The Individuals with Disabilities Education Act (IDEA) makes public education available to children with disabilities ages 3 to 21. The U.S. Department of Education’s Institute of Education Sciences (IES) reports that 7.3 million students received special education or related services under IDEA in 2021 and 2022 alone, comprising 15 percent of all public school students.
Special Education Services
Special education includes services that address a child’s unique needs. Children who are eligible receive an Individualized Education Program (IEP). While special needs classrooms are available, federal law states that students must have access to the least restrictive environment. The least restrictive environment requirement permits many children with IEPs to participate in standard classrooms while getting additional support.
Navigating the school’s special education regulations and procedures to ensure children receive necessary services can be demanding, as parents often lack knowledge of applicable laws and the school system. In a study by the Rapid Project, parents of children with disabilities reported facing more challenges with children’s school plans and obtaining support services than parents of children who do not have special needs. Families with disabilities also experienced greater emotional distress.
By providing knowledge and guidance, special education advocates can support a student’s best interests and help lessen family stress.
The Role of Special Education Advocates
Special education advocates work directly with students and their families to help them fully utilize available services. They may have degrees and training in education or law or bring years of personal experience from helping their own child with special needs, but no formal licensing requirement exists. Some lawyers also provide special education advocacy.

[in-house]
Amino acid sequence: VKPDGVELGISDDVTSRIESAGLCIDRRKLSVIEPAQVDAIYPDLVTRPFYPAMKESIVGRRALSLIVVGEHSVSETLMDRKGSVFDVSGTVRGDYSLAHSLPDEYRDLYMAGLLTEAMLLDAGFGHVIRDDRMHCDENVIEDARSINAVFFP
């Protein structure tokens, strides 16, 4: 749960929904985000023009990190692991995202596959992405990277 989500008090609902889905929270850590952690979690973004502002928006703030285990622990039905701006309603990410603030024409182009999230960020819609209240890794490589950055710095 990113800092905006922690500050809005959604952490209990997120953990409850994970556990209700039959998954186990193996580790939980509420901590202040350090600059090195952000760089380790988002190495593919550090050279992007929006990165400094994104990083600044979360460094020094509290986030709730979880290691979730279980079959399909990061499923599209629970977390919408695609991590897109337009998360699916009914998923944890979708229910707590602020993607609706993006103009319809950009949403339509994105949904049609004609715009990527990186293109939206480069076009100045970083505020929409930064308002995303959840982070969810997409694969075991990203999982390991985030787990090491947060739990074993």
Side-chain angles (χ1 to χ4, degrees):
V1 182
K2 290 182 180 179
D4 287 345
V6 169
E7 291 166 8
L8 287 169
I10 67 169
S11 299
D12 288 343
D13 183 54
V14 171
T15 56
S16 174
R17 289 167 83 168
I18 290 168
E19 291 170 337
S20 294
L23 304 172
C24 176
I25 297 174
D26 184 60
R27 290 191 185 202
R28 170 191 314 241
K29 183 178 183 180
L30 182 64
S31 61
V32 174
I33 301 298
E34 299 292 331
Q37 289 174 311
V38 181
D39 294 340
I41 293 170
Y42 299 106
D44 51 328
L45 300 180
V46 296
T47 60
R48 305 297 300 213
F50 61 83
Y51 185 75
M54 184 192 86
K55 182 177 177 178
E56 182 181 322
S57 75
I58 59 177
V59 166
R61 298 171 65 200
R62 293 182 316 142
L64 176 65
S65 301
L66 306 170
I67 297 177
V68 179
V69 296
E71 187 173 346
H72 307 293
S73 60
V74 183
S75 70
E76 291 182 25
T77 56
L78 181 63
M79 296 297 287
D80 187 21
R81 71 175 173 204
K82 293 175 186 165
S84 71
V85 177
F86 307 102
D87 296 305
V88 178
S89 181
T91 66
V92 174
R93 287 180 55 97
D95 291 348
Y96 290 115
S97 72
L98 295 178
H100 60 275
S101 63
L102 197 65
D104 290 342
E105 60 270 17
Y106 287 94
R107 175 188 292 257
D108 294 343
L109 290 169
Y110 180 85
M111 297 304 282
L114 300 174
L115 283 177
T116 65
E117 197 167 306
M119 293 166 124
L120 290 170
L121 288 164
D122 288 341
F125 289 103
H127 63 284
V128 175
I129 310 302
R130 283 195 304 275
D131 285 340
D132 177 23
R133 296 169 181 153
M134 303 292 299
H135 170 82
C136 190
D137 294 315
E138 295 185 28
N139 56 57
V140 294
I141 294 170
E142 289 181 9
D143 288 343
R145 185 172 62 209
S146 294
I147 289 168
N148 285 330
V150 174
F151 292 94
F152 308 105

These advocates can empower students and their families in several ways:
- Creating a strategy for working with the school
- Explaining your child’s rights under federal, state, and local regulations
- Identifying and explaining available services, programs, and accommodations
- Determining and conveying the meaning of test results and reports
- Planning IEPs in conjunction with staff, parents, and the student
- Writing demands and complaints to schools and helping parents submit requests
- Prepping parents for IEP and 504 meetings and attending them
- Reviewing special education documents, making sure they are accurate in advance of meetings
- Explaining the complex system of special education laws
In addition to helping your child access resources, a special education advocate, or IEP advocate, can help identify overlooked factors that could be affecting your child’s education, such as undiagnosed learning challenges.
You may want to explore hiring a special education advocate if you feel overwhelmed by the special education system, believe your child’s needs are not being met, or need help addressing an educational challenge.
Considerations When Hiring a Special Education Advocate
When you choose to work with a special education advocate, your family can benefit from their knowledge and assistance. Since the role requires no formal licensing or certification, individuals offering special education advocacy services may vary in their background, education, and experience. Some organizations, such as the Council of Parent Attorneys and Advocates, provide training for parents and special education advocates.
When selecting a special education advocate, ask about their qualifications and work experience, and consider interviewing multiple candidates to find the best fit for your child.
Finding a Special Education Advocate
In addition to the Council of Parent Attorneys and Advocates, the following organizations can provide recommendations for special education advocates:
- Parent Training and Information Centers in your state, offering free information to families of children with disabilities
- Your school district’s Special Education Parent-Teacher Association or Parent Advisory Council
- Local chapters of advocacy organizations, such as Decoding Dyslexia and Learning Disabilities Association of America (LDA)